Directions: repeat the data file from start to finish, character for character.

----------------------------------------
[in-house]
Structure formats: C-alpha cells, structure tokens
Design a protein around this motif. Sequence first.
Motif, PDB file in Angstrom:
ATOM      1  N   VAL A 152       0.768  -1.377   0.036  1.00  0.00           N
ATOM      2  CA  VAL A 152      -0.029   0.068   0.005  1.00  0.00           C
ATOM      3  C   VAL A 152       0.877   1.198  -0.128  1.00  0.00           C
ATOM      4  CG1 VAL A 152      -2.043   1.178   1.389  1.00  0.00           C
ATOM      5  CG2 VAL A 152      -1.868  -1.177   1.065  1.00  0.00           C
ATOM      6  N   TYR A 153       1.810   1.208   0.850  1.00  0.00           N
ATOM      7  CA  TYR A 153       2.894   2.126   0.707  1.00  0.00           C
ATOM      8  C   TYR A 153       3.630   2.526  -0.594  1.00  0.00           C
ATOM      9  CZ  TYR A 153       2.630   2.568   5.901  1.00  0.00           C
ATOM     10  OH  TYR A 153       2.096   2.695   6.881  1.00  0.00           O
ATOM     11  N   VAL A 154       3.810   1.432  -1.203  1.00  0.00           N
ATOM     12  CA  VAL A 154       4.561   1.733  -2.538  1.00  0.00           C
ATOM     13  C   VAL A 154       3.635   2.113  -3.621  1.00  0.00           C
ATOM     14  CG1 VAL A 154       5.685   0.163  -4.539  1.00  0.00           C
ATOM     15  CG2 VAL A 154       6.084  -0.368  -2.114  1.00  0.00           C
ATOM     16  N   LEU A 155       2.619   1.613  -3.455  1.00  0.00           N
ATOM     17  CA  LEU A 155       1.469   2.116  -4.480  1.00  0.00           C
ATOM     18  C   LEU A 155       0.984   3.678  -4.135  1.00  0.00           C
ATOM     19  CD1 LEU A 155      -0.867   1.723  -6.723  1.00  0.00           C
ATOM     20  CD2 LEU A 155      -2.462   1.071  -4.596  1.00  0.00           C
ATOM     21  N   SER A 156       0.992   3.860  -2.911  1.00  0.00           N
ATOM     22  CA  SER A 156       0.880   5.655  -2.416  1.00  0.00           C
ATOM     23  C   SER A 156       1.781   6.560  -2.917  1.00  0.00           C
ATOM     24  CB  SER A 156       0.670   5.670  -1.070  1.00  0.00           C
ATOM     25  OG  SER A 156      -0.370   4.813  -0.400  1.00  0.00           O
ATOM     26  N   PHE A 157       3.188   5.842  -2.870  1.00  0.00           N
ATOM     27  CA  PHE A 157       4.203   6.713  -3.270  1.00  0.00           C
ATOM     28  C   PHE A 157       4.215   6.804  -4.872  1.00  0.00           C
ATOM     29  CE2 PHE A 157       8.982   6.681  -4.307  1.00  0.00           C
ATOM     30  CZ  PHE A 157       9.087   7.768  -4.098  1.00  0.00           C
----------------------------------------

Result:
[in-house]
Structure formats: C-alpha cells, structure tokens
Design a protein around this motif. Sequence first.
Motif, PDB file in Angstrom:
ATOM      1  N   VAL A 152       0.768  -1.377   0.036  1.00  0.00           N
ATOM      2  CA  VAL A 152      -0.029   0.068   0.005  1.00  0.00           C
ATOM      3  C   VAL A 152       0.877   1.198  -0.128  1.00  0.00           C
ATOM      4  CG1 VAL A 152      -2.043   1.178   1.389  1.00  0.00           C
ATOM      5  CG2 VAL A 152      -1.868  -1.177   1.065  1.00  0.00           C
ATOM      6  N   TYR A 153       1.810   1.208   0.850  1.00  0.00           N
ATOM      7  CA  TYR A 153       2.894   2.126   0.707  1.00  0.00           C
ATOM      8  C   TYR A 153       3.630   2.526  -0.594  1.00  0.00           C
ATOM      9  CZ  TYR A 153       2.630   2.568   5.901  1.00  0.00           C
ATOM     10  OH  TYR A 153       2.096   2.695   6.881  1.00  0.00           O
ATOM     11  N   VAL A 154       3.810   1.432  -1.203  1.00  0.00           N
ATOM     12  CA  VAL A 154       4.561   1.733  -2.538  1.00  0.00           C
ATOM     13  C   VAL A 154       3.635   2.113  -3.621  1.00  0.00           C
ATOM     14  CG1 VAL A 154       5.685   0.163  -4.539  1.00  0.00           C
ATOM     15  CG2 VAL A 154       6.084  -0.368  -2.114  1.00  0.00           C
ATOM     16  N   LEU A 155       2.619   1.613  -3.455  1.00  0.00           N
ATOM     17  CA  LEU A 155       1.469   2.116  -4.480  1.00  0.00           C
ATOM     18  C   LEU A 155       0.984   3.678  -4.135  1.00  0.00           C
ATOM     19  CD1 LEU A 155      -0.867   1.723  -6.723  1.00  0.00           C
ATOM     20  CD2 LEU A 155      -2.462   1.071  -4.596  1.00  0.00           C
ATOM     21  N   SER A 156       0.992   3.860  -2.911  1.00  0.00           N
ATOM     22  CA  SER A 156       0.880   5.655  -2.416  1.00  0.00           C
ATOM     23  C   SER A 156       1.781   6.560  -2.917  1.00  0.00           C
ATOM     24  CB  SER A 156       0.670   5.670  -1.070  1.00  0.00           C
ATOM     25  OG  SER A 156      -0.370   4.813  -0.400  1.00  0.00           O
ATOM     26  N   PHE A 157       3.188   5.842  -2.870  1.00  0.00           N
ATOM     27  CA  PHE A 157       4.203   6.713  -3.270  1.00  0.00           C
ATOM     28  C   PHE A 157       4.215   6.804  -4.872  1.00  0.00           C
ATOM     29  CE2 PHE A 157       8.982   6.681  -4.307  1.00  0.00           C
ATOM     30  CZ  PHE A 157       9.087   7.768  -4.098  1.00  0.00           C